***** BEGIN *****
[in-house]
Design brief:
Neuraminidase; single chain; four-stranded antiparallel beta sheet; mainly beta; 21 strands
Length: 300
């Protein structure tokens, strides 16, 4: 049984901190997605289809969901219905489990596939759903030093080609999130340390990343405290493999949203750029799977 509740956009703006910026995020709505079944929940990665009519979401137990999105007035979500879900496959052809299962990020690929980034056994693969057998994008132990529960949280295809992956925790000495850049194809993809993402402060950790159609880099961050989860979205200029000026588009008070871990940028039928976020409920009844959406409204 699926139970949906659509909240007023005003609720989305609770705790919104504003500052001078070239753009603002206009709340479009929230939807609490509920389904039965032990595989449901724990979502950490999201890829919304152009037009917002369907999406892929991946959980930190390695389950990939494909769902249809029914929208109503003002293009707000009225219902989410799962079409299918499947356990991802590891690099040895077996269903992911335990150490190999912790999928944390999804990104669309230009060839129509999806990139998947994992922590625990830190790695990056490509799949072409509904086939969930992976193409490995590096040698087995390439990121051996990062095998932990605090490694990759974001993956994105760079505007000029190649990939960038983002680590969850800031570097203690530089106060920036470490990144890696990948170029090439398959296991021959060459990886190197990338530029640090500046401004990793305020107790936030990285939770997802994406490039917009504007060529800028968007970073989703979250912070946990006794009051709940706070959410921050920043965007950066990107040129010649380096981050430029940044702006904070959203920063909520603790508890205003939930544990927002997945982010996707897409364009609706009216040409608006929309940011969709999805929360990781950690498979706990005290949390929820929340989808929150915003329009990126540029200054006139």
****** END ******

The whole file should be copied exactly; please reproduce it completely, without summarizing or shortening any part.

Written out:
[in-house]
Design brief:
Neuraminidase; single chain; four-stranded antiparallel beta sheet; mainly beta; 21 strands
Length: 300
């Protein structure tokens, strides 16, 4: 049984901190997605289809969901219905489990596939759903030093080609999130340390990343405290493999949203750029799977 509740956009703006910026995020709505079944929940990665009519979401137990999105007035979500879900496959052809299962990020690929980034056994693969057998994008132990529960949280295809992956925790000495850049194809993809993402402060950790159609880099961050989860979205200029000026588009008070871990940028039928976020409920009844959406409204 699926139970949906659509909240007023005003609720989305609770705790919104504003500052001078070239753009603002206009709340479009929230939807609490509920389904039965032990595989449901724990979502950490999201890829919304152009037009917002369907999406892929991946959980930190390695389950990939494909769902249809029914929208109503003002293009707000009225219902989410799962079409299918499947356990991802590891690099040895077996269903992911335990150490190999912790999928944390999804990104669309230009060839129509999806990139998947994992922590625990830190790695990056490509799949072409509904086939969930992976193409490995590096040698087995390439990121051996990062095998932990605090490694990759974001993956994105760079505007000029190649990939960038983002680590969850800031570097203690530089106060920036470490990144890696990948170029090439398959296991021959060459990886190197990338530029640090500046401004990793305020107790936030990285939770997802994406490039917009504007060529800028968007970073989703979250912070946990006794009051709940706070959410921050920043965007950066990107040129010649380096981050430029940044702006904070959203920063909520603790508890205003939930544990927002997945982010996707897409364009609706009216040409608006929309940011969709999805929360990781950690498979706990005290949390929820929340989808929150915003329009990126540029200054006139």